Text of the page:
That was just a start. Reed worked the Alaska Legislature as the House Finance Chair, eventually getting funding for the road’s construction in the 1970s. The South Klondike Highway was completed in September 1978.
“Basically, it was a grass roots movement that got it going,” Watt said on a visit to Skagway after he put up the signs – one on each side of the border. “Morgan worked on both sides of the border,” he added.

John Watt pays tribute to the late Morgan Reed by erecting a sign at the summit on Sept. 9 to honor the Skagway legislator who pushed for highway funding. Donna Watt

“I just thought it was the right thing to do,” he said. “Later we can get a bus load of bureaucrats to do it officially.”
Watt has the support of Whitehorse Mayor Ernie Bourassa, and this week wrote a letter to the Skagway City Council asking that the highway pass be named for Reed, who died a decade ago.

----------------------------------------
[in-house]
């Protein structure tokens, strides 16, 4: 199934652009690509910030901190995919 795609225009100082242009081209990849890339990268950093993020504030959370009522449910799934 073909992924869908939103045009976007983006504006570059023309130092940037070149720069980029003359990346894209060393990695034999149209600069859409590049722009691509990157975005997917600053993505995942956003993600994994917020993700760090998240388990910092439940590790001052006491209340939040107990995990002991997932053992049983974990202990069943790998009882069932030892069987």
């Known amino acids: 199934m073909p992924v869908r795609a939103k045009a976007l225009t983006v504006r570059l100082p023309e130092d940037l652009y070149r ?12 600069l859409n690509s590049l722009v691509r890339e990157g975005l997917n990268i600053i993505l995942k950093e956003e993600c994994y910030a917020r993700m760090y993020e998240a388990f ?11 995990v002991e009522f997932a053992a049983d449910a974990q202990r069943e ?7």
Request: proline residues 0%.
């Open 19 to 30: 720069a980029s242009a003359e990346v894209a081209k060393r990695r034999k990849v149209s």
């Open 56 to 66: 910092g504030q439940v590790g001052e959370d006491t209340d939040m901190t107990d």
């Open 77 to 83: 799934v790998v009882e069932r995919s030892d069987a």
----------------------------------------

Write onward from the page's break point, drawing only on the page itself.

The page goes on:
“Morgan Reed inspired us in Canada as well as you in the USA to keep working to make this road a reality,” Watt wrote.
“I placed a sign on the summit as a brief reminder of the 40th anniversary of the start of the building of the road. I took pictures and gave copies to Mrs. Reed and your newspaper. I think I did the right thing as a reminder of a brief moment in history and pay tribute to a great American.”
A move to name the west White Pass after late railroad president Marvin Taylor fizzled a few years ago, but Reed, with his stronger connection to the highway, may have a better chance.


TEAM WORK – Local students have been learning cold water survival skills this month in the Skagway River from instructors Colin Aiken and Dick Rice, contracted through the Physical Education Program grant. Above, Rice teaches Jayce Ellis to ride down a river on her back to keep her legs from hitting rocks. Once you are close to shore, then you can turn over and swim to safety. - Jeff Brady